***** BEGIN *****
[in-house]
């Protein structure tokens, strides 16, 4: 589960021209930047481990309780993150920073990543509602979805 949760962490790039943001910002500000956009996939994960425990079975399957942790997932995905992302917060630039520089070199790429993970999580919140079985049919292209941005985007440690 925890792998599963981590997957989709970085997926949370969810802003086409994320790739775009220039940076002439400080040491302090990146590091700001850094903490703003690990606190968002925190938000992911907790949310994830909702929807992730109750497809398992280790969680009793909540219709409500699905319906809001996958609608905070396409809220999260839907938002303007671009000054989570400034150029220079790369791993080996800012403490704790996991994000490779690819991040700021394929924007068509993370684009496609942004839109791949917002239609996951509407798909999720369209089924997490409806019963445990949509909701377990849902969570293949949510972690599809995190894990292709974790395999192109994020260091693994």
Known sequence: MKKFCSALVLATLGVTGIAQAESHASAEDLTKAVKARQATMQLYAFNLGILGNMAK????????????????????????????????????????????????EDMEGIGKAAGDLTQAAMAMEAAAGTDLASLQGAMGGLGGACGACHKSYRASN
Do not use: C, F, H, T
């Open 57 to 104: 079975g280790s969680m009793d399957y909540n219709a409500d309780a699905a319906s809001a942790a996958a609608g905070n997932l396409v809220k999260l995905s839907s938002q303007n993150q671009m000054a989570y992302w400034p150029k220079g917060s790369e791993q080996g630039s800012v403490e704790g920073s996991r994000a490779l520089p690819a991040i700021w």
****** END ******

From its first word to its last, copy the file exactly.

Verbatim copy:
[in-house]
């Protein structure tokens, strides 16, 4: 589960021209930047481990309780993150920073990543509602979805 949760962490790039943001910002500000956009996939994960425990079975399957942790997932995905992302917060630039520089070199790429993970999580919140079985049919292209941005985007440690 925890792998599963981590997957989709970085997926949370969810802003086409994320790739775009220039940076002439400080040491302090990146590091700001850094903490703003690990606190968002925190938000992911907790949310994830909702929807992730109750497809398992280790969680009793909540219709409500699905319906809001996958609608905070396409809220999260839907938002303007671009000054989570400034150029220079790369791993080996800012403490704790996991994000490779690819991040700021394929924007068509993370684009496609942004839109791949917002239609996951509407798909999720369209089924997490409806019963445990949509909701377990849902969570293949949510972690599809995190894990292709974790395999192109994020260091693994």
Known sequence: MKKFCSALVLATLGVTGIAQAESHASAEDLTKAVKARQATMQLYAFNLGILGNMAK????????????????????????????????????????????????EDMEGIGKAAGDLTQAAMAMEAAAGTDLASLQGAMGGLGGACGACHKSYRASN
Do not use: C, F, H, T
């Open 57 to 104: 079975g280790s969680m009793d399957y909540n219709a409500d309780a699905a319906s809001a942790a996958a609608g905070n997932l396409v809220k999260l995905s839907s938002q303007n993150q671009m000054a989570y992302w400034p150029k220079g917060s790369e791993q080996g630039s800012v403490e704790g920073s996991r994000a490779l520089p690819a991040i700021w």